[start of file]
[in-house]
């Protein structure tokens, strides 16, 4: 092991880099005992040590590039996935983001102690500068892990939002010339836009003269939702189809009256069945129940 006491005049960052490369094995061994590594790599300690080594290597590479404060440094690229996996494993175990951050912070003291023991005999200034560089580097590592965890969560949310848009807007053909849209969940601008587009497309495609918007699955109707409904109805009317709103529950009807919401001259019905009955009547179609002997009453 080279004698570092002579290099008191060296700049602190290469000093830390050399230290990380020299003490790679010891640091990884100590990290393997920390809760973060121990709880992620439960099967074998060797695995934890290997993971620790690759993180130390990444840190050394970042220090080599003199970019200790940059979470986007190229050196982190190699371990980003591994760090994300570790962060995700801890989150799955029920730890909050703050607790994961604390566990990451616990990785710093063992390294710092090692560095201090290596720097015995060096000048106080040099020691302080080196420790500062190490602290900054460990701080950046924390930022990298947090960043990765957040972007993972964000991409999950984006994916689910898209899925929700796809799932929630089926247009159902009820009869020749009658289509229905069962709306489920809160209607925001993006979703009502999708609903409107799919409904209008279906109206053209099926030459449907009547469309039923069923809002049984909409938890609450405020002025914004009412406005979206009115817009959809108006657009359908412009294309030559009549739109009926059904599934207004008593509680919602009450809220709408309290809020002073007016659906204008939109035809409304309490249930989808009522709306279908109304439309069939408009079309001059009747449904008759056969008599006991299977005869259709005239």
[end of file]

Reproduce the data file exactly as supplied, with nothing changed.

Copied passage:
[in-house]
């Protein structure tokens, strides 16, 4: 092991880099005992040590590039996935983001102690500068892990939002010339836009003269939702189809009256069945129940 006491005049960052490369094995061994590594790599300690080594290597590479404060440094690229996996494993175990951050912070003291023991005999200034560089580097590592965890969560949310848009807007053909849209969940601008587009497309495609918007699955109707409904109805009317709103529950009807919401001259019905009955009547179609002997009453 080279004698570092002579290099008191060296700049602190290469000093830390050399230290990380020299003490790679010891640091990884100590990290393997920390809760973060121990709880992620439960099967074998060797695995934890290997993971620790690759993180130390990444840190050394970042220090080599003199970019200790940059979470986007190229050196982190190699371990980003591994760090994300570790962060995700801890989150799955029920730890909050703050607790994961604390566990990451616990990785710093063992390294710092090692560095201090290596720097015995060096000048106080040099020691302080080196420790500062190490602290900054460990701080950046924390930022990298947090960043990765957040972007993972964000991409999950984006994916689910898209899925929700796809799932929630089926247009159902009820009869020749009658289509229905069962709306489920809160209607925001993006979703009502999708609903409107799919409904209008279906109206053209099926030459449907009547469309039923069923809002049984909409938890609450405020002025914004009412406005979206009115817009959809108006657009359908412009294309030559009549739109009926059904599934207004008593509680919602009450809220709408309290809020002073007016659906204008939109035809409304309490249930989808009522709306279908109304439309069939408009079309001059009747449904008759056969008599006991299977005869259709005239």